There are many strategies to improving your online teaching, but have you considered taking an online course yourself? If you teach online, being an online student is a powerful way to see what really goes on from that side of the fence. Now it’s easier than ever to be an online student at NO COST and NO OBLIGATION: the advent of MOOCs. “Massive Open Online Courses” raged on to the edu scene a few years ago, and they are still expanding, with thousands of courses by top colleges and universities offering them through a few providers, like EdX, Coursera, and others. You can participate as little or as much as you want, but if it’s a subject of interest – and you’ll find one – you might get into it and even learn something. I guarantee you learn something about online learning, no matter what the subject. Here’s a course about online teaching from a college in Austrailia.
Summer Institute number 12 is Tuesday, May 9th & Wednesday, May 10th. With fantastic home-grown general sessions and over 25 day and evening workshops, it’s going to be another great time to learn and socialize. The Final Faculty Standing competition is a chance to win an iPad Air 2! You can peruse the entire amazing schedule right now: http://tinyurl.com/lcu3jwa
Then use the YC training site to register: https://training.yc.edu
Get a bittersweet taste of what’s to come in this TRAILER to Tuesday’s, general session: The Teaching Zone: True Confessions from the Trenches of Teaching. What’s your teaching secret?
The 4th Annual March for Best Practices is a chance for Faculty to share 1-2 best practices in their teaching. One best practice we like to honor is: sharing! which is what this professional development opportunity is all about. Find out how you can join in the march like your colleague below.
By Megan Davis, YC Student
The learning outcomes of a class should be meet, whether it’s hybrid, online, or in-person. I’ve just finished another online class. Last semester I took a class with a similar subject matter, and, unfortunately for me, I did not learn anything new from this class. I used my book from last semester and was still able to make an “A”. Mostly discussions covering what we felt about certain situations. Perhaps I was just anticipating knowledge that was skimmed through in my previous class.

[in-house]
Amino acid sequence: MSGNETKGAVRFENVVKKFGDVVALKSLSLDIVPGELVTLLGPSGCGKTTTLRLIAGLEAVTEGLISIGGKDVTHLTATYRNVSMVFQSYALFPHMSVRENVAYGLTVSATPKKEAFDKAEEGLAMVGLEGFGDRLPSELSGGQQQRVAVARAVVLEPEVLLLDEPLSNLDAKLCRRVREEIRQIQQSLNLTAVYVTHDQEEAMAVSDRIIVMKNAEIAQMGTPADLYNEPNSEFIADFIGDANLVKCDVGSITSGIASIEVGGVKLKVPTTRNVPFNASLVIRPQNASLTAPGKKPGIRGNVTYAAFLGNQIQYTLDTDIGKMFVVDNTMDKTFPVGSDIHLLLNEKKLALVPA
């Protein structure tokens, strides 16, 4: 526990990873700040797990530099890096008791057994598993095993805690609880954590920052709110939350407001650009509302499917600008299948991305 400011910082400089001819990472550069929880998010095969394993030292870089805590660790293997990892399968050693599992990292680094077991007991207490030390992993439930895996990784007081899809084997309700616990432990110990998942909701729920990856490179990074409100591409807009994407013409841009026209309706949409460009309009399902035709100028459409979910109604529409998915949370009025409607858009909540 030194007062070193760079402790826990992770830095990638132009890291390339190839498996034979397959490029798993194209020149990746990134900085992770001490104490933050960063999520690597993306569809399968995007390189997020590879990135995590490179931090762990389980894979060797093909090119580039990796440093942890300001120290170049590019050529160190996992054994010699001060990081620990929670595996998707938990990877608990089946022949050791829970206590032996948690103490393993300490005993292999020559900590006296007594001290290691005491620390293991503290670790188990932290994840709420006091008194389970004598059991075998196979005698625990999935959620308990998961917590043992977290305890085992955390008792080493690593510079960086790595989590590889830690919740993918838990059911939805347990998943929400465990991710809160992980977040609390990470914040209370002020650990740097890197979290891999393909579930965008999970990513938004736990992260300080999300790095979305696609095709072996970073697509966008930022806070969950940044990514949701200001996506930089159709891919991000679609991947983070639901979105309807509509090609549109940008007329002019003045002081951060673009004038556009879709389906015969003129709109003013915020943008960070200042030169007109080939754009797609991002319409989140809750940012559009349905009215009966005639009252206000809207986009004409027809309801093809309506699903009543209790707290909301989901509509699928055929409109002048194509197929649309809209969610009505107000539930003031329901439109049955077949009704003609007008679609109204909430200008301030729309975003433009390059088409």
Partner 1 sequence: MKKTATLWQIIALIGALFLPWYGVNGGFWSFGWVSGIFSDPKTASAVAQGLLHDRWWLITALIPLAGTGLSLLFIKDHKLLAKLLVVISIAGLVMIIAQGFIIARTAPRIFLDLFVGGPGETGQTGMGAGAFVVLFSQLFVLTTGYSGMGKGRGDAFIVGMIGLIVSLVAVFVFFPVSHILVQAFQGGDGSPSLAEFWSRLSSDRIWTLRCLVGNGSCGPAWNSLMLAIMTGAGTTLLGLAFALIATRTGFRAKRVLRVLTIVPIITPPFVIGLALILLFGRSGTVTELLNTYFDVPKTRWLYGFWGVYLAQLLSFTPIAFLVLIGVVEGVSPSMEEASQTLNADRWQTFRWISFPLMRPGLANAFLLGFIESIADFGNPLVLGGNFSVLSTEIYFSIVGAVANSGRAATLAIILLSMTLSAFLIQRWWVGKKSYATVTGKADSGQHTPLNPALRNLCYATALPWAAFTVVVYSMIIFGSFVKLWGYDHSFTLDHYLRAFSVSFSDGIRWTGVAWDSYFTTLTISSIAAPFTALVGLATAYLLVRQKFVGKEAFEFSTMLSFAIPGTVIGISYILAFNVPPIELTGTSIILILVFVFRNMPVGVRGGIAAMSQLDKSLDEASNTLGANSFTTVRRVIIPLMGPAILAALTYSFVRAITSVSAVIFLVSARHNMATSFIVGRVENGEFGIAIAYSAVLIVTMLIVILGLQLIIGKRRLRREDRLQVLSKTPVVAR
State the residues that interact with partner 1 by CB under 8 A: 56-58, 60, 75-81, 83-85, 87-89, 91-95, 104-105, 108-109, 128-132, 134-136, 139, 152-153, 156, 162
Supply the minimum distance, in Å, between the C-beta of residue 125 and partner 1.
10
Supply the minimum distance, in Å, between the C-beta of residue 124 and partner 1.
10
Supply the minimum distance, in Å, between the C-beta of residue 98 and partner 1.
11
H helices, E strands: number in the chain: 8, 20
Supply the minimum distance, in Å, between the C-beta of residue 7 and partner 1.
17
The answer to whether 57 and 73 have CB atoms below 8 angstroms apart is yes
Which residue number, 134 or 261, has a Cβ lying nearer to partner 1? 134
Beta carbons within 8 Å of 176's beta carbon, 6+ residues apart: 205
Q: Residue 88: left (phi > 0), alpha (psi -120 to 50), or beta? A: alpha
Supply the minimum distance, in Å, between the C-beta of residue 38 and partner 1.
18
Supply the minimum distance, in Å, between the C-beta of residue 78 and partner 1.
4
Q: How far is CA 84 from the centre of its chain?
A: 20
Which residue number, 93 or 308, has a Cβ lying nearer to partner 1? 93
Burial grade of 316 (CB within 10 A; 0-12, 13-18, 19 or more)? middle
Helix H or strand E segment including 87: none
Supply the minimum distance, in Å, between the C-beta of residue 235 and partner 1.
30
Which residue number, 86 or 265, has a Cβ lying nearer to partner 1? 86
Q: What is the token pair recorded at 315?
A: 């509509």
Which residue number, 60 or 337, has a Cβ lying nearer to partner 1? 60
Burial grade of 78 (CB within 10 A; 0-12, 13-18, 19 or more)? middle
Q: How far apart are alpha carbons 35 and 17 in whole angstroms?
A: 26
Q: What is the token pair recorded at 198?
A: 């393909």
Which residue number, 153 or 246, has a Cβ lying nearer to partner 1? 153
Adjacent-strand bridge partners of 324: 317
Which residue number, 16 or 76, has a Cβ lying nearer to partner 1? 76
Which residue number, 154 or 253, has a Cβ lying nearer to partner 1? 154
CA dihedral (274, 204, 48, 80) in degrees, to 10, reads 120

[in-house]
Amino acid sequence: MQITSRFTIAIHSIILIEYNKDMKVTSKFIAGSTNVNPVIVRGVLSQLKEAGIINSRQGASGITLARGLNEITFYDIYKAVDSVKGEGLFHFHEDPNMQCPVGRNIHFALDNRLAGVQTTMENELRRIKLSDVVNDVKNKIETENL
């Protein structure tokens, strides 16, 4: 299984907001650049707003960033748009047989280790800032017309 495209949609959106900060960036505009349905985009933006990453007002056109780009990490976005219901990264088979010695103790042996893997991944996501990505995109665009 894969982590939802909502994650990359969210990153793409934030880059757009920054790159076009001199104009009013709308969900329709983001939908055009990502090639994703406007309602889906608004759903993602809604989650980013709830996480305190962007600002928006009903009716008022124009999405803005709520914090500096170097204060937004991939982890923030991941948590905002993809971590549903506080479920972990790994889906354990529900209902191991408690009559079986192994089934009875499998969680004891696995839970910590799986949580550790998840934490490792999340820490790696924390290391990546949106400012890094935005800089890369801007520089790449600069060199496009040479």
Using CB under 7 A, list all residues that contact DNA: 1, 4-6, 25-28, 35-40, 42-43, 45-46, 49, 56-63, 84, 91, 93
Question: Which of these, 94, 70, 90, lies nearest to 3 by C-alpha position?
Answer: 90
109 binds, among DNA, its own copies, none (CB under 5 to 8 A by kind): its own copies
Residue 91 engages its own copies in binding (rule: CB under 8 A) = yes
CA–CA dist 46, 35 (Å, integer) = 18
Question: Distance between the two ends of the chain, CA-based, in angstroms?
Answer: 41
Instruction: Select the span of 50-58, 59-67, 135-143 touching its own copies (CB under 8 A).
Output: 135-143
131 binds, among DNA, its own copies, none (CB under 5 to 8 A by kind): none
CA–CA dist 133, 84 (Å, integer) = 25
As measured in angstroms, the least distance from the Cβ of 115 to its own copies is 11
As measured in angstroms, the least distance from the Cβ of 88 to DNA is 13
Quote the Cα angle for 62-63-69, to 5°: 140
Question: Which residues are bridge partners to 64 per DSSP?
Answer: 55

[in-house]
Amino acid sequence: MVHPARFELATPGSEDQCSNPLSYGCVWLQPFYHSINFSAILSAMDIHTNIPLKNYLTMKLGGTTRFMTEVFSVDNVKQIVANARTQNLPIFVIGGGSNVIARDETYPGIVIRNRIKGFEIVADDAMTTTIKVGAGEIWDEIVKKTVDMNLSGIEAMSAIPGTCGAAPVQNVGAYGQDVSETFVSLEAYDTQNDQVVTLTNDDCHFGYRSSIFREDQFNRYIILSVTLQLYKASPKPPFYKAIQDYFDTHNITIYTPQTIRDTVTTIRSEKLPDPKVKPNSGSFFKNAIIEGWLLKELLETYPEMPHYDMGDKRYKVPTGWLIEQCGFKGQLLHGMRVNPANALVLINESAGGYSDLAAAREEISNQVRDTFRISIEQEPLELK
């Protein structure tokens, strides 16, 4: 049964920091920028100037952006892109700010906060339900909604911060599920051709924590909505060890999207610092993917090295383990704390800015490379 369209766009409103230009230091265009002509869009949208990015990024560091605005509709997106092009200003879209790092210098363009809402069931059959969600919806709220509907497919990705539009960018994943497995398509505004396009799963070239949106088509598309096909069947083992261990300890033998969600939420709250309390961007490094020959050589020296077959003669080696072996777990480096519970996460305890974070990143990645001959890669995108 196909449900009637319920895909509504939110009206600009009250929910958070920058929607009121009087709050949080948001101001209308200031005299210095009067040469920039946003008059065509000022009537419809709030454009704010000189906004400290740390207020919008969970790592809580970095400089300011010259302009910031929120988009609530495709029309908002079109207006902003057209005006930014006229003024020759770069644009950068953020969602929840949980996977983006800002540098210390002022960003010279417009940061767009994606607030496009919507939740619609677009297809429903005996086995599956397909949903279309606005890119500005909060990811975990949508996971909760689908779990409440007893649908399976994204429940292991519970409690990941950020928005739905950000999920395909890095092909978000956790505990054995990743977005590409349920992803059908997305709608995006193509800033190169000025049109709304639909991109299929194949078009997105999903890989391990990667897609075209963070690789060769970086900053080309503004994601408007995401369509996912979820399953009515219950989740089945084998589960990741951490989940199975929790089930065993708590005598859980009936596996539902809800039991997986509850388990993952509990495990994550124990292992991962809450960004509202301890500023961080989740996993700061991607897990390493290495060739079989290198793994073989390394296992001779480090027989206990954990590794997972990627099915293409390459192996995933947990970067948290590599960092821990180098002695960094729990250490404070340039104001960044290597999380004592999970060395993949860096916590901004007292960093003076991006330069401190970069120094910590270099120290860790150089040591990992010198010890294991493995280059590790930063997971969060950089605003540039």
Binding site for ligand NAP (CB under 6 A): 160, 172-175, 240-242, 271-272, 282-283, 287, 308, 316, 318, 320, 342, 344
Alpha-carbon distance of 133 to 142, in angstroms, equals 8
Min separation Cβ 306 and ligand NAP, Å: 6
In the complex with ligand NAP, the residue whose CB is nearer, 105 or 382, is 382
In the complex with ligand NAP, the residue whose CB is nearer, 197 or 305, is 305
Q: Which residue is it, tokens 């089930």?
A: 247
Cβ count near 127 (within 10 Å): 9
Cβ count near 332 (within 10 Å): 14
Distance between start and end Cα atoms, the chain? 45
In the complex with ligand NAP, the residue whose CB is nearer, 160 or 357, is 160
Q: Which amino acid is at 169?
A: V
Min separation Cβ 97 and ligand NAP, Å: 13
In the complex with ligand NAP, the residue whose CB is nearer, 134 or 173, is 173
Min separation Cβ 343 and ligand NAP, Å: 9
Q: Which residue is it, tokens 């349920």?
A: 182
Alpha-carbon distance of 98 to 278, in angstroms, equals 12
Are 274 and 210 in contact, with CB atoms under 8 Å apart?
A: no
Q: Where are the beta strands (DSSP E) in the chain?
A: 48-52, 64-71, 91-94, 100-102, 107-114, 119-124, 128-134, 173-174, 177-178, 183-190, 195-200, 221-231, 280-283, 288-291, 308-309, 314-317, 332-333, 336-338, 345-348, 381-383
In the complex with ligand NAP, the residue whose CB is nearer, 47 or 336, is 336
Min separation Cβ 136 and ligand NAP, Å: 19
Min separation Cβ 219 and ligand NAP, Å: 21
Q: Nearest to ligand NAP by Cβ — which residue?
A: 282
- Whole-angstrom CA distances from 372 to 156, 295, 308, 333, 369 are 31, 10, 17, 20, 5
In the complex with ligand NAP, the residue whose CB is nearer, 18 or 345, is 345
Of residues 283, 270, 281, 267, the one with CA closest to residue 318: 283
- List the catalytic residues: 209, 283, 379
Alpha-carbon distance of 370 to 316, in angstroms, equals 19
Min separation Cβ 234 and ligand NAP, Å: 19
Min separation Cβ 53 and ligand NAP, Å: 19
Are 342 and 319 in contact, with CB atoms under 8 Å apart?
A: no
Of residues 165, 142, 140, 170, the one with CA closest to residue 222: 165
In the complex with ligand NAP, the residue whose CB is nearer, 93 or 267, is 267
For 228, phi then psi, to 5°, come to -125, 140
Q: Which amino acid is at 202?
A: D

I think the class took an elementary approach to teaching. Maybe because it was an online class, maybe because it was a short-term class, or maybe this class was not the teacher’s first pick. Despite feeling that I was unable to learn anything, the class was fun and full of writing, which is something I love to do.
There are some good things and bad things about a class like this. One of the bad things is the lack of foundation-building for the next class. And, of course, the good part is getting a good grade would be a improve the transcript.
I would categorize this class to be a “GPA booster”, meaning: a class you are just refreshing on or a class that you take nothing new from. These classes are perfect for a college student to get “satisfactory” on our transcripts. The thing about this type of class is that someone completely new to the subject will gain no foundation for the next class. I felt like the material brought to the tests had nothing to do with the lessons or discussions being taught. What was on the tests I only knew from earlier classes on similar topics.